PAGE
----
By Len Gutman – From Transmission Digest. November 2002
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Cleaning transmission components in an ultrasonic machine is as simple as loading the parts into a washing basket, closing the lid and pushing a button.
Charles Carr knows that properly cleaning transmission parts is absolutely mandatory for quality transmission rebuilding. Carr bought his AAMCO Transmission shop in Joplin, MO, three years ago after managing it for nine years, and late last year he began looking for a faster and safer way to clean valve-body casings and other intricate, hard-to-clean transmission components.
Like many transmission-shop owners, Carr had been using air agitation with solvents to clean parts. A former junior-high science teacher, he spent time researching alternative cleaning systems in an attempt to find a cost-effective solution that would save time and money. He also was well aware of the harmful effects of solvents on both his mechanics and the environment.
“The two things that were really paramount in my mind were the saving of time and then the environmental,” Carr said. “In the near future OSHA is going to just about outlaw the use of solvent, especially the way we’re using it.”
Carr’s research led him to ultrasonic parts washing, which he said has reduced the time it takes him to clean parts and has eliminated the use of toxic solvents.
He noted that ultrasonic cleaning has been used in watch making for a long time but was just now starting to find a niche in automotive applications.
“It has reduced the time tremendously – probably one-third as much time as we used to use,” he said.
Carr bought an ultrasonic cleaner in April. The 2,000-watt machine offered a 5-cubic-foot tank, which was designed specifically for mid-to-large transmission shops and industrial machining operations.
The cleaner also is helping Carr reduce the use of solvents in his shop. It uses a non-toxic soap that meets environmental Protection Agency guidelines. “California has already outlawed solvents, and although so far we haven’t had a problem with disposal of our excess and waste solvent, that’s just around the corner,” he said.
Ultrasonic cleaning has proved to work particularly well for valve bodies. Unlike spray washers, ultrasonic cleaners are able to get into the intricate crevices of a valve body where dirt, grease and metal shavings accumulate. Additionally, ultrasonic cleaners often are able to take tiny scars and scratches out of the metal – flaws, that often lead to cosily replacements.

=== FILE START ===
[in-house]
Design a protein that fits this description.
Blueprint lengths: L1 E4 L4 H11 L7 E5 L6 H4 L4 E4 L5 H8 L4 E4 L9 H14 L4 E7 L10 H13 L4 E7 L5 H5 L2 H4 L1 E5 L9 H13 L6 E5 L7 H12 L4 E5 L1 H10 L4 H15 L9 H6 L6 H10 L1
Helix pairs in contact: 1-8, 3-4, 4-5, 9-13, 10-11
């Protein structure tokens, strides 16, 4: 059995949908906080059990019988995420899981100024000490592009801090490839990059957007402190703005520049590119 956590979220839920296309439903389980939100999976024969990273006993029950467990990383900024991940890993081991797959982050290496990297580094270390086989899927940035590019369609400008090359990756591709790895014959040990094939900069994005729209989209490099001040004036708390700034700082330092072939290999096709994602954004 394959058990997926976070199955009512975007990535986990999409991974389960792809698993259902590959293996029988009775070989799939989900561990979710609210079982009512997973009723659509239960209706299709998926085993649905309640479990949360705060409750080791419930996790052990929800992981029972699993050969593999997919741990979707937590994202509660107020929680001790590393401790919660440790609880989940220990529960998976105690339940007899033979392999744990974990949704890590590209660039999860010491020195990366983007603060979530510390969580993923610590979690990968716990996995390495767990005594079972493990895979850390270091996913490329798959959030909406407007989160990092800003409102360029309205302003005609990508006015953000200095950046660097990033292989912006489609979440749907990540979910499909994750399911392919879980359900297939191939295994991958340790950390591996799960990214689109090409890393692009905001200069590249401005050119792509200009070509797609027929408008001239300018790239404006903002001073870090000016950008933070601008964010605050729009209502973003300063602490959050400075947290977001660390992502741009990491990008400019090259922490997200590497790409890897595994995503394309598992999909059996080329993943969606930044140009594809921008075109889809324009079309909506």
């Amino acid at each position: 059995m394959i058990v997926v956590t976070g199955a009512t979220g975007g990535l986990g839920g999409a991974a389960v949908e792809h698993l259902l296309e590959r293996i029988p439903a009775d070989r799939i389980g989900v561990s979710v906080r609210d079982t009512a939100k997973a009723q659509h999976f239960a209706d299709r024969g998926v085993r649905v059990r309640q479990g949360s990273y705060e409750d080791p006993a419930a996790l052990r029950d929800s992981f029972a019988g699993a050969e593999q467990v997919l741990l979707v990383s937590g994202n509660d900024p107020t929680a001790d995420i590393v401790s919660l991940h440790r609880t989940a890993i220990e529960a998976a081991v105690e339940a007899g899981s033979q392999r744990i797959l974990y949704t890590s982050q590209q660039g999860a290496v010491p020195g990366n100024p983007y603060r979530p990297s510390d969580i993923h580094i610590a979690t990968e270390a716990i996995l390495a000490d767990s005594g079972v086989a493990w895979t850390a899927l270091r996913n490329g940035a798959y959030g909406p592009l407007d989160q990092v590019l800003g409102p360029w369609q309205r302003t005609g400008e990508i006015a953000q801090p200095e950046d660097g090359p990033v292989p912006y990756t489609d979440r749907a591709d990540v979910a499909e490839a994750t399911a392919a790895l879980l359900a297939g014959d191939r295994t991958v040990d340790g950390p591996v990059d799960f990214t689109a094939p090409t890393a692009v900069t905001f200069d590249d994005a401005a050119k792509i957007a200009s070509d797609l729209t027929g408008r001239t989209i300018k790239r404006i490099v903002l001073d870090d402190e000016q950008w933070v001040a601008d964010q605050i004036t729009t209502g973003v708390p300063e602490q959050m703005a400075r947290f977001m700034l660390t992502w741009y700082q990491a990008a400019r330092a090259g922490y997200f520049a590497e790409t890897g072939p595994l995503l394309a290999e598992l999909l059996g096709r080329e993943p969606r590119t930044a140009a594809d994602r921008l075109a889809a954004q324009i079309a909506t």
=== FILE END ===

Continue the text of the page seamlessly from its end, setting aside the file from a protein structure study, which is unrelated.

Saving on spray cleaners
Cleaning transmission parts ultrasonically gets them as clean as or cleaner than conventional spray washers, their manufacturers say, and the ultrasonic action is perfect for small parts with intricate crevices, as in valve bodies.
For a large transmission shop, even a small-sized ultrasonic cleaner can save time and money by reducing the use of more-costly spray cleaners. Mike Stewart owns Mike’s Transmissions in Lancaster, CA. Stewart bought a 3.5-cubic-foot ultrasonic cleaner to supplement his existing cleaning process.
“We’ve really been expanding, and we needed a secondary washer,” Stewart said. “I’ve got a friend who has a unit he’s been using for quite a few years, and he’s been very happy with it.”
Stewart keeps his ultrasonic cleaner next to his toolbox. He said it does a good job on aluminum parts, particularly small parts.
“I’ve got three builders in my area on this side of the shop, and the ultrasonic machine saves us from having to go over to the other area of the shop and use the spray-wash cabinet,” he said. “Basically, it’s saving us a lot of money on spray cleaners, because we’re not having to use them as much as we used to.”
Stewart still uses a jet washer to clean larger parts but says the ultrasonic system works better on transmission-rebuild parts and is easy to use.
“You just put the parts in the basket and drop them down in there and hit the switch,” he said. “It’s a really good supplemental machine for us, and it saves us a lot of traffic at the big machine for stuff we don’t really need to have in there.”
Cleaning the machine is quick and easy as well, according to Stewart. He said he cleans it about every 10 working days, drains the soap solution and stores it with his other wastewater.
“We bought it in February, and I think it really saved us enough to probably pay for itself,” he said.
Lee Cheesborough owns and operates Cheesborough Transmissions in Augusta, Ga. He recently bought a second ultrasonic cleaner, primarily to clean valve assemblies.
Ultrasonic cleaning machines come in a variety of sizes, many small enough to sit directly on or adjacent to a workbench, making them convenient to use.
“I wanted the most wattage I could get per cubic foot of liquid, and the Omegasonics model fit that description,” he said. “One of the main reasons I bought it was that it was cheap to operate and it was heated electrically.”
Cheesborough said the new cleaner has saved him considerable money already. “Before I started with the ultrasonic systems I was using hot vats that were gas fired and spray cleaners that were gas fired,” said Cheesborough, whose shop has been in business in the same location since 1907. “My gas bills alone were running like $400 a month, and I completely eliminated the gas bill.”
His shop still uses a spray cleaner for cases but uses the ultrasonic cleaner more and more. “It’s well designed and has a good filtration system on it,” he added. “I’d definitely recommend ultrasonic parts washers to friends and business associates.”